Sells tops Hickman in House District 90 race

Published 10:34 am Wednesday, November 5, 2014

Even though Butler County gave a slight edge to Walton Hickman in the Alabama State Representative House District 90 race on Tuesday, Chris Sells garnered 57 percent of the state vote to claim the state seat in Montgomery.

Sells, a republican, received 7,710 votes compared to Hickman’s 5,874.

In Butler County, voters chose Hickman over Sells by 98 votes. Hickman won the county with 2,990 votes or 50.77 percent, while Sells earned 2,892 votes or 49.11 percent.

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“I’m excited. I’m proud,” Sells said. “I’m thankful — all of the above.”

Sells said there are many things he wants to accomplish once he takes office in the coming days.

“I can’t say that I have one in front of the other one,” he said. “One thing I’m looking at real hard is that the graduation rate in Alabama is between 75-80 percent, and we have overcrowded prisons at the same time. I think I want to look to see if we could get that graduation rate up. I think 95 percent is attainable.”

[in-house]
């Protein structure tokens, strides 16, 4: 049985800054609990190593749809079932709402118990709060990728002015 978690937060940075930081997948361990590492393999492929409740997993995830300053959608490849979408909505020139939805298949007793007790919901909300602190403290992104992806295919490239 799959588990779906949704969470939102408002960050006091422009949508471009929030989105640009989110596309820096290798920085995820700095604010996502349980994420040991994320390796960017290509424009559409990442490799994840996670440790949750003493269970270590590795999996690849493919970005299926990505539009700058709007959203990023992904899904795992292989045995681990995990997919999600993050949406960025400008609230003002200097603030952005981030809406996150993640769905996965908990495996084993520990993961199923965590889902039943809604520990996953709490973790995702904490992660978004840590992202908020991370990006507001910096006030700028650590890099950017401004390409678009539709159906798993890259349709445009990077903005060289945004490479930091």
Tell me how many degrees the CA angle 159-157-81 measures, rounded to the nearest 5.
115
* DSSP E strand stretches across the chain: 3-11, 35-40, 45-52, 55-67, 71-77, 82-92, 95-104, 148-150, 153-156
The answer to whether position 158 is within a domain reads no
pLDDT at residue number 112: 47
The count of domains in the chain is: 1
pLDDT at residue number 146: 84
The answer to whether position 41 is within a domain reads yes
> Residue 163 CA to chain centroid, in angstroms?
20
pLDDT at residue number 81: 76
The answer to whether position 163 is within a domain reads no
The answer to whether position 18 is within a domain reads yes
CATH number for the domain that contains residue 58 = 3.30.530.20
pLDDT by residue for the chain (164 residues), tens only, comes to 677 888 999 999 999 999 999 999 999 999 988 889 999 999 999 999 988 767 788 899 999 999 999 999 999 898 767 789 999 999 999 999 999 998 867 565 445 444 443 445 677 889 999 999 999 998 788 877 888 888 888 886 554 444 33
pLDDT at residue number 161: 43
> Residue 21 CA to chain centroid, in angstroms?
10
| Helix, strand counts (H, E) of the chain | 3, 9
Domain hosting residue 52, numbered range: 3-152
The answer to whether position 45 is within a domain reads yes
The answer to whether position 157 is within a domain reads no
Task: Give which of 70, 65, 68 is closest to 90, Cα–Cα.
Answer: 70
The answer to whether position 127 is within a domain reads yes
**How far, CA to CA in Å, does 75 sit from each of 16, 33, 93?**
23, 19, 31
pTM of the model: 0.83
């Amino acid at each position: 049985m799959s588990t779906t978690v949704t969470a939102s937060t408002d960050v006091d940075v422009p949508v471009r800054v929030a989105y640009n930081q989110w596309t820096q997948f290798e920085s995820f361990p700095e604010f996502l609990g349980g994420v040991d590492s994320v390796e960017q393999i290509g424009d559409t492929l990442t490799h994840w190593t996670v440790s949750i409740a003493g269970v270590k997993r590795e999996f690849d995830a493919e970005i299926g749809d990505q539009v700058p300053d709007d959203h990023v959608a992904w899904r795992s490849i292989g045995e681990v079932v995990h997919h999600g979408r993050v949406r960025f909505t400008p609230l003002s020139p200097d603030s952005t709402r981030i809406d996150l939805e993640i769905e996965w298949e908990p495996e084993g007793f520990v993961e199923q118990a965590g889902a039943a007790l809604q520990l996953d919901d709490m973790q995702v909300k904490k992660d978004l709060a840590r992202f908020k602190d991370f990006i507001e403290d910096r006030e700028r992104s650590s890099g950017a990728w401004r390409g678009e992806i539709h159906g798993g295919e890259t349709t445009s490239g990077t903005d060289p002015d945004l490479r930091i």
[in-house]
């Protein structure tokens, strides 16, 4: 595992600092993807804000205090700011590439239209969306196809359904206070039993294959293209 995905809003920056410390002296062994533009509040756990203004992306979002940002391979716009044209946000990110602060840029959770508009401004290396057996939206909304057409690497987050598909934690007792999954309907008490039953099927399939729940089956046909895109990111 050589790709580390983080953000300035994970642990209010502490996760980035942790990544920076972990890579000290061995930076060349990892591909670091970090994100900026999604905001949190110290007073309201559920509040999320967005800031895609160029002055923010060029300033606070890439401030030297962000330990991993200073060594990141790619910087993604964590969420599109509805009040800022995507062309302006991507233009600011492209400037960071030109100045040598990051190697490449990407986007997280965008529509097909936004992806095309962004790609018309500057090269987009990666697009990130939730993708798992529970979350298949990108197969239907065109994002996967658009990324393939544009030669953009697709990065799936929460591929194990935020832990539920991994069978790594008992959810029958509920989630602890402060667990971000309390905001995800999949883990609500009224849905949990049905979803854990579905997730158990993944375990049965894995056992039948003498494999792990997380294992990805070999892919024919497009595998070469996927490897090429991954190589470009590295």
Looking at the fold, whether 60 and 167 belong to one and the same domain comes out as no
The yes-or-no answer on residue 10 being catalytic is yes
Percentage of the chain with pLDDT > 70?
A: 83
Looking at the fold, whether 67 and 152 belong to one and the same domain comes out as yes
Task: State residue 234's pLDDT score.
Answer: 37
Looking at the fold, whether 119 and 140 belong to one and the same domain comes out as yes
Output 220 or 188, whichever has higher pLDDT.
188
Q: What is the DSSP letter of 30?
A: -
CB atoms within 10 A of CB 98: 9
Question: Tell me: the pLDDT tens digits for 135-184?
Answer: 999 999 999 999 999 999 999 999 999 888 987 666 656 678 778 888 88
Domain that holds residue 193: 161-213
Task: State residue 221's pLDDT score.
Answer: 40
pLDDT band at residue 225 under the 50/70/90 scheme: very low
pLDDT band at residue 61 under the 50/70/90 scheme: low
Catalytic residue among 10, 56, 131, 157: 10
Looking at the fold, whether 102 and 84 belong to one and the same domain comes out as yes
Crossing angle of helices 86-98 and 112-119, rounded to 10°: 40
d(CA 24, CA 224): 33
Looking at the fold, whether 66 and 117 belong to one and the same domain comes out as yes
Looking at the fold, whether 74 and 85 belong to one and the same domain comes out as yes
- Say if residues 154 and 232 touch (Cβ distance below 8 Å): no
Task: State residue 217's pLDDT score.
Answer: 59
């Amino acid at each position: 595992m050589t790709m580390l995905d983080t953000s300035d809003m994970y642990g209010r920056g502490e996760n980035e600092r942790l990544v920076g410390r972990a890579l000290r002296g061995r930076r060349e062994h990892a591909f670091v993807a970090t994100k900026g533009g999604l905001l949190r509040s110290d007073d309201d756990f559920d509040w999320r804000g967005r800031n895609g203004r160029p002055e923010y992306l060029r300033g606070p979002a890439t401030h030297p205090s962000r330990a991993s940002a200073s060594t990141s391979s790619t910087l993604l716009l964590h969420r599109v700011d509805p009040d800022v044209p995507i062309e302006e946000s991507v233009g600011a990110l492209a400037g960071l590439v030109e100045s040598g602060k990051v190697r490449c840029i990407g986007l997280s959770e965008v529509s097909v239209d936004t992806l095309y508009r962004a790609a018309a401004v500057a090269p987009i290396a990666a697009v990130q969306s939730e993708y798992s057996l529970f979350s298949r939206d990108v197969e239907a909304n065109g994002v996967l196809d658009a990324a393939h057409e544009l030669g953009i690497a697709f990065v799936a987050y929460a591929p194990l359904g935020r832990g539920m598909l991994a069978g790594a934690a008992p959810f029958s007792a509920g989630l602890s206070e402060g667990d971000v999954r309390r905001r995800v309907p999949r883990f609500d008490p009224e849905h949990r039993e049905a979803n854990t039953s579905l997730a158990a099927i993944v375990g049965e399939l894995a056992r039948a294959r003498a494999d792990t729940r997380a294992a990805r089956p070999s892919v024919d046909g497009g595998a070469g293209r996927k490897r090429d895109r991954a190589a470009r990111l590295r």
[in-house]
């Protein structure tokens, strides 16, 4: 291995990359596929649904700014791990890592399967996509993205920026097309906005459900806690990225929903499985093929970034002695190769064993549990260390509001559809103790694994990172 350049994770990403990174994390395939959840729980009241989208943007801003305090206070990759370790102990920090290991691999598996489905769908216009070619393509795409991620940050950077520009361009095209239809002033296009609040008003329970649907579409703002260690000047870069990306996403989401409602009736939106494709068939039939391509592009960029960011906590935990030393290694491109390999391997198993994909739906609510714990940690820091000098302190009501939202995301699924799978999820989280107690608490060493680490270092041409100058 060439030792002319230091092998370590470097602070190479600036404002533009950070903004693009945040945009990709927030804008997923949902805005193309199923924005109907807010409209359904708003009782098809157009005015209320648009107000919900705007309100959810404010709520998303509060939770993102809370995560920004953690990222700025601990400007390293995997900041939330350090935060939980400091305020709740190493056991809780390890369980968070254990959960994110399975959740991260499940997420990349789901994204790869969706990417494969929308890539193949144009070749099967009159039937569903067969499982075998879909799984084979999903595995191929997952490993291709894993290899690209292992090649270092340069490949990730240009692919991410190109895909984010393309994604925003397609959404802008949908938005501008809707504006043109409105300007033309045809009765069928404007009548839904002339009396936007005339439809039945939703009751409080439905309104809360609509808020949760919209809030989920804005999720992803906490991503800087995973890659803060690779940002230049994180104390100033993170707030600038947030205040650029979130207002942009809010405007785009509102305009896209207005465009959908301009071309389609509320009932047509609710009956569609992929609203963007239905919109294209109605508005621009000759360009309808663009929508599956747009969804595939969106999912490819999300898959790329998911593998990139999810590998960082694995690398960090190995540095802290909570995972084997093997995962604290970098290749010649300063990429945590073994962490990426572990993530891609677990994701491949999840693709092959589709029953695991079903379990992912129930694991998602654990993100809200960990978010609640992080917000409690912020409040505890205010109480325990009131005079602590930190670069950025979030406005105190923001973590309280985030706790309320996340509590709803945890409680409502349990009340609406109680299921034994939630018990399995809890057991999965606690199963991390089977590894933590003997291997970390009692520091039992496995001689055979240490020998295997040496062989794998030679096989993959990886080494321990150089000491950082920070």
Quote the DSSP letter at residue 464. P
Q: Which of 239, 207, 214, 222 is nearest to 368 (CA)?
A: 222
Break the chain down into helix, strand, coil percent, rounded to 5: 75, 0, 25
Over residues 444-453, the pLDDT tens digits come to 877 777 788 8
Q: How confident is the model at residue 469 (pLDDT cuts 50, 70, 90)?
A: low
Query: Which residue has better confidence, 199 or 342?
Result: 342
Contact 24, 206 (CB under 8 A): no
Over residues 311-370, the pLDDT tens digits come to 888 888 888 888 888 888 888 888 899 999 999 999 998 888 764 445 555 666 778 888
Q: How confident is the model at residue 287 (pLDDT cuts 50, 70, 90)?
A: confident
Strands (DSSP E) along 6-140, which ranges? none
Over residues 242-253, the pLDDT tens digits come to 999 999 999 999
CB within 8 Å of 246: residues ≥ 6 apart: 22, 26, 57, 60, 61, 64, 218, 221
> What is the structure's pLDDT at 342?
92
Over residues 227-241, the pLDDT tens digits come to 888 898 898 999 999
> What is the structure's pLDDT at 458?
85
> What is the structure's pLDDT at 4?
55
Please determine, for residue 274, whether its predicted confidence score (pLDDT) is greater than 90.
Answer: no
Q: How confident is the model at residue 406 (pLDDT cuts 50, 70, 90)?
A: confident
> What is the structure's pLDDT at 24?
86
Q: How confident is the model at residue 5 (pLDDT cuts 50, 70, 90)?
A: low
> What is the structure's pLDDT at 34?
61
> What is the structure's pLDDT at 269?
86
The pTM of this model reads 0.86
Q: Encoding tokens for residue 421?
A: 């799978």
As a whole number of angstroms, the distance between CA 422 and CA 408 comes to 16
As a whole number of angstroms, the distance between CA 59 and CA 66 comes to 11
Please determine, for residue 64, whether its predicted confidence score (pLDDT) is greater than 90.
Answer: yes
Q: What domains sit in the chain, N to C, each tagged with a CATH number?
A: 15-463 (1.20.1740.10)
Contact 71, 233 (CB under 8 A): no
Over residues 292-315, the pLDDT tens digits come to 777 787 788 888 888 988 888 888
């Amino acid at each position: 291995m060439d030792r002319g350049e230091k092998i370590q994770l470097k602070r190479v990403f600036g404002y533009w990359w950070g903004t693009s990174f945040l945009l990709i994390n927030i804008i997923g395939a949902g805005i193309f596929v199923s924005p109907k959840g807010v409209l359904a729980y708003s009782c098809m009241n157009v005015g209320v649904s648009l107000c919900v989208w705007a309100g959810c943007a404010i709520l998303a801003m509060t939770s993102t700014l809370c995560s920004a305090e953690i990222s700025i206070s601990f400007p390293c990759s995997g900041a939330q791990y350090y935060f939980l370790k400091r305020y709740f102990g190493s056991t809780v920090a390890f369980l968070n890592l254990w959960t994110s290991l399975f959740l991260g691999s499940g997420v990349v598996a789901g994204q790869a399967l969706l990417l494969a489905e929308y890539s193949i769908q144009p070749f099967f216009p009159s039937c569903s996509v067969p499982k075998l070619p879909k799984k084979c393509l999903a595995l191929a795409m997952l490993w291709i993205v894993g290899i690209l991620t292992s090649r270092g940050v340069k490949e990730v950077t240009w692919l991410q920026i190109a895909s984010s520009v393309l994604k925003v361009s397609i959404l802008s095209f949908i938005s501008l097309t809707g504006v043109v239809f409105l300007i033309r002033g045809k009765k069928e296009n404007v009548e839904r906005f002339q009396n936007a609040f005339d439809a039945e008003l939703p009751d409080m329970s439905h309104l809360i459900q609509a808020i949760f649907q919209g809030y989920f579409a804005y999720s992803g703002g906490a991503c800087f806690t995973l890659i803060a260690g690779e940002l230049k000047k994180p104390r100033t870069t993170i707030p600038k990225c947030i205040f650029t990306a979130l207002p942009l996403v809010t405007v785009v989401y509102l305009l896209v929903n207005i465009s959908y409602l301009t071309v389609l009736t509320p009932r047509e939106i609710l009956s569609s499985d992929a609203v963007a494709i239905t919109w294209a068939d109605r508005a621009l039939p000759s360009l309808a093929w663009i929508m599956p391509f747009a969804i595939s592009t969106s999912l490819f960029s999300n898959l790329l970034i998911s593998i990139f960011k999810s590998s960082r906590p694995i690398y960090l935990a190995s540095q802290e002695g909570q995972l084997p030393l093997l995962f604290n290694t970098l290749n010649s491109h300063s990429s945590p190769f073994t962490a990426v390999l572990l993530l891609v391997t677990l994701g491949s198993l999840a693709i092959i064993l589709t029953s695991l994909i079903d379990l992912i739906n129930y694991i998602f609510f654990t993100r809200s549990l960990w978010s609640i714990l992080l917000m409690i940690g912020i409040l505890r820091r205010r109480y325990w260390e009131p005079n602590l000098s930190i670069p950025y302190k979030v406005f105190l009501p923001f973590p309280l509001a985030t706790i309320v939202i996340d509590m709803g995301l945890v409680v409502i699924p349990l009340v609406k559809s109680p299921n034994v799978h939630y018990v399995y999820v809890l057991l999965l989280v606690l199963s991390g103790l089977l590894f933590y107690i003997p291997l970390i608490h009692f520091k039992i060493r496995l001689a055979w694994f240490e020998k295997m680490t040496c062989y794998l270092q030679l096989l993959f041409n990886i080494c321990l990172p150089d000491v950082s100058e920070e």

Additionally, Sells said he’s going to look at finding where to get money for the deficit fund.

In the only contested race in the county, Brandon Sellers beat Walter Parmer to win the Butler County Board of Education District No. 3 election.

Sellers nabbed 715 votes or 56.66 percent compared to Parmer’s 546 (43.26 percent).

For the statewide amendments, residents voted in favor of each amendment.

The closest vote came under Amendment 2, which allows the state to borrow $50 million to build National Guard armories. The amendment also relates to capital improvement.

Two-thousand-four-hundred-and-eighty-five residents voted in favor of Amendment 2, which was 322 more than those who voted against. Statewide, the vote was locked at 50-50.

Amendment 1 was passed by a 3,514-1,152 margin; Amendment 3 won with 67.72 percent of the vote at 3,356; Amendment 4 was passed with a 57.81 percent vote; and Amendment 5 scooted by with a 77.13 percent vote.

Alabama Gov. Robert Bentley won re-election by defeating Parker Griffith with 64 percent (747,357 votes).

Kay Ivey and Luther Strange held their incumbencies as Lieutenant Governer and Alabama Attorney General, respectively.

John Merrill garnered 64 percent of the vote to be named the Alabama Secretary of State.